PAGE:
4. Esophageal carcinoma

Treatment of esophageal carcinoma

Indication for surgery

The indication for surgery in esophageal carcinoma depends on the tumor stage on the one hand, and on its localization on the other. Since 50% of tumors arise in the middle third, it must always be carefully clarified which positional relationship a tumor has to the bronchial system, since this is in close proximity. There is therefore a risk that the tumor will grow into the bronchi or aorta.

Depending on the location of the carcinoma, therapy may vary:

Upper third before the gullet
Cooperation with ear, nose and throat physicians

Middle third
Combination of surgery through the chest and through the abdomen

Lower third
Operation only from the abdomen

Special case
Tumor of the lower third of the esophagus with spread to the stomach (cardia carcinoma)

Esophageal cancer (esophageal carcinoma): The crescentic esophagus is removed and sutured to the stomach.

Two surgery methods

One-cavity resection and two-cavity surgery:

The basic difference is between a two-cavity operation (chest cavity and abdominal cavity) and a so-called “transhiatal esophagectomy” (single-cavity resection), in which only the abdominal cavity is opened and the esophagus is detached in the thorax bluntly, from the abdominal cavity. The upper end of the esophagus is then severed through an approach at the neck. Thus, the chest is not opened in this method. Read more >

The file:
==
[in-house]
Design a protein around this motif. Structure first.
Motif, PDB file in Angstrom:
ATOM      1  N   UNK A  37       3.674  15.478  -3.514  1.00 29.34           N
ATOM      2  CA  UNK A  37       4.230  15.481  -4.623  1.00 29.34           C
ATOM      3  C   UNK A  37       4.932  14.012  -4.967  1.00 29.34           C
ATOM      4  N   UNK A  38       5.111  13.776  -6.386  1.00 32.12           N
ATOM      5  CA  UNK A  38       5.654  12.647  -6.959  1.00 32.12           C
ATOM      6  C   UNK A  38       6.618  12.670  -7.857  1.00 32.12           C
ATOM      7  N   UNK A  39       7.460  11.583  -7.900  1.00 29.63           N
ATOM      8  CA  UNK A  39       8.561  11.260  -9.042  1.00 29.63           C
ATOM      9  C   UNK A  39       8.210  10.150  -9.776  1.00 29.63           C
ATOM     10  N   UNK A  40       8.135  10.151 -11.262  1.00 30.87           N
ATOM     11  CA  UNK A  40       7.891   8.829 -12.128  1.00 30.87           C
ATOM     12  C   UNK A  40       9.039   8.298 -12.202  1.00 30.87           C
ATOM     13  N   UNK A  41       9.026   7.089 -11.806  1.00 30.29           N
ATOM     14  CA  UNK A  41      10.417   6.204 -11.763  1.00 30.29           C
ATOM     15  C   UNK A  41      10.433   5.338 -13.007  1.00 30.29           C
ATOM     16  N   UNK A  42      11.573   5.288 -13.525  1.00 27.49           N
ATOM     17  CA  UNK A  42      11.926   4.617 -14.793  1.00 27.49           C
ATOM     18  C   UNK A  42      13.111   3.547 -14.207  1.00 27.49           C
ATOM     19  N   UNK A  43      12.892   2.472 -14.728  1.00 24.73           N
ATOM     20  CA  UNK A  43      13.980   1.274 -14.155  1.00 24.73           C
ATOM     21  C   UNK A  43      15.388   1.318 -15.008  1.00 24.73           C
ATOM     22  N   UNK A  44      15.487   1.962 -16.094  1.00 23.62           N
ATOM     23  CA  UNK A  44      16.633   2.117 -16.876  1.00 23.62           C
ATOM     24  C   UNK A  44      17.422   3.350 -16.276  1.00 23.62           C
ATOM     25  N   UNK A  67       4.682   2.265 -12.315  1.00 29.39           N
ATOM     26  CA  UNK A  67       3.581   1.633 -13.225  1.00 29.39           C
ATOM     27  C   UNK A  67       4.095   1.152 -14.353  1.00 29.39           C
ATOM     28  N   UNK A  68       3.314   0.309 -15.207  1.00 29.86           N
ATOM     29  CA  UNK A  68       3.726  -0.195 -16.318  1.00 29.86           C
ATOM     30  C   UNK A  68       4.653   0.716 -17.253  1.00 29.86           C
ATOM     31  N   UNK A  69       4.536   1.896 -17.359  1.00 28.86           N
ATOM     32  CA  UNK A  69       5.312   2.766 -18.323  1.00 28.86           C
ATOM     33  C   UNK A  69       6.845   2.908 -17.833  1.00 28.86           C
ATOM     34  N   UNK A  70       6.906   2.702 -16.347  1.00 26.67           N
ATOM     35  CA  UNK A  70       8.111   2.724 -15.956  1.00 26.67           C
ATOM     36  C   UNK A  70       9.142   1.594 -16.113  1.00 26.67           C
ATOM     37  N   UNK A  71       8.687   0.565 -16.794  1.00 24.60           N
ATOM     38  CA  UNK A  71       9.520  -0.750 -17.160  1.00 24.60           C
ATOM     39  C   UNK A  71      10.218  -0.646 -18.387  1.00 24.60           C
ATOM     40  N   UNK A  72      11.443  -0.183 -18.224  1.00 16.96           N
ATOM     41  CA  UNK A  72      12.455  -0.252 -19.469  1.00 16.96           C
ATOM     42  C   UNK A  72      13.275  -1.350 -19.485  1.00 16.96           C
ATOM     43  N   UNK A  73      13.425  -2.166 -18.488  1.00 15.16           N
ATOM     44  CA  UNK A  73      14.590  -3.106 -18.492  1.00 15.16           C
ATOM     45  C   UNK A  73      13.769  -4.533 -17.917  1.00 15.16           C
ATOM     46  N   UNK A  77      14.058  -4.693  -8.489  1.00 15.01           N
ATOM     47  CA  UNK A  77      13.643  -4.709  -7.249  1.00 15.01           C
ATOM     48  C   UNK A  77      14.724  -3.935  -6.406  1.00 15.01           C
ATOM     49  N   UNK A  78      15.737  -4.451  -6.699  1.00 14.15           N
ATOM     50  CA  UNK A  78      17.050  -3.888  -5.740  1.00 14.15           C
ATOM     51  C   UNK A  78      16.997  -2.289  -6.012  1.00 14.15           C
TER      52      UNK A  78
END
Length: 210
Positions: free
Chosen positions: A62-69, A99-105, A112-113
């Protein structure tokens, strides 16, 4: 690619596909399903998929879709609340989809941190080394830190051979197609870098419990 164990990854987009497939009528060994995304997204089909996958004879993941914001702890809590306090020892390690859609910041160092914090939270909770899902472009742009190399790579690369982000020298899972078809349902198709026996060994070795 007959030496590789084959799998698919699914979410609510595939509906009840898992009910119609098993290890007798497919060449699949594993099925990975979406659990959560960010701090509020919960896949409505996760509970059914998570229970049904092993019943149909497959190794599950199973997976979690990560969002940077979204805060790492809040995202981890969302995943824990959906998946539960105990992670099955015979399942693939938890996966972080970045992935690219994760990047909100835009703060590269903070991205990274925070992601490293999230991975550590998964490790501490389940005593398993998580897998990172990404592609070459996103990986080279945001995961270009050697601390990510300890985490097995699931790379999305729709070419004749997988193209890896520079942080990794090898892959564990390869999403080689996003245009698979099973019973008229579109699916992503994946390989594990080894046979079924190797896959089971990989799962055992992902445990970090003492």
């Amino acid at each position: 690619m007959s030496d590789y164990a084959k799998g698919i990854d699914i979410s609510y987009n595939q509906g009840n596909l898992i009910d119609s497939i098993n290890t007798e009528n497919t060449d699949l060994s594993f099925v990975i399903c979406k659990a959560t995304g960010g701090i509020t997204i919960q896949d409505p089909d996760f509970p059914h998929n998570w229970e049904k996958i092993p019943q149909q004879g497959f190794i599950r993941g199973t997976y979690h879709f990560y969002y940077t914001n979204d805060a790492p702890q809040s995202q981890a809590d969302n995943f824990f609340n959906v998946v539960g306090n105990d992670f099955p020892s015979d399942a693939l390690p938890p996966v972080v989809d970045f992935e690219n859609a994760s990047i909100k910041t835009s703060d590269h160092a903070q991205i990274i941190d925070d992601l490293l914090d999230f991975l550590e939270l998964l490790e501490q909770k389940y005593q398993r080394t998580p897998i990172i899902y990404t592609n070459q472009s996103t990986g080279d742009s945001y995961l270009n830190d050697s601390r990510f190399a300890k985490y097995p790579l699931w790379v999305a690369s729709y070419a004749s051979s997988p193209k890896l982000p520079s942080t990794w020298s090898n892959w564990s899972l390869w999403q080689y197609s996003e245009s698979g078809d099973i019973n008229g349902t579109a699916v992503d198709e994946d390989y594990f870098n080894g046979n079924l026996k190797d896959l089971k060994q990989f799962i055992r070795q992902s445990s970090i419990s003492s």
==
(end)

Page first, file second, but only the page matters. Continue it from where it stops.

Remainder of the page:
a) Sinus resection (“transhiatal esophagectomy”)
Subtotal esophagectomy involves partial removal of the esophagus and gastric inlet, including major lymph nodes. This is always a two-cavity procedure, which means that the abdominal cavity and the chest must be opened.

b) Two cavity surgery
In two-cavity surgery, the patient is positioned on his back. The skin incision is first made from the lower end of the sternum to the navel. Then, layer by layer, the abdominal wall is cut and subsequently the opened abdominal cavity is carefully palpated by the surgeon’s hand. He pays attention to enlarged lymph nodes in the area of the aorta, to the surface of the liver and, if possible, to the extent of the tumor. Now the dissection and extensive mobilization of the stomach, lower esophageal segment and duodenum takes place.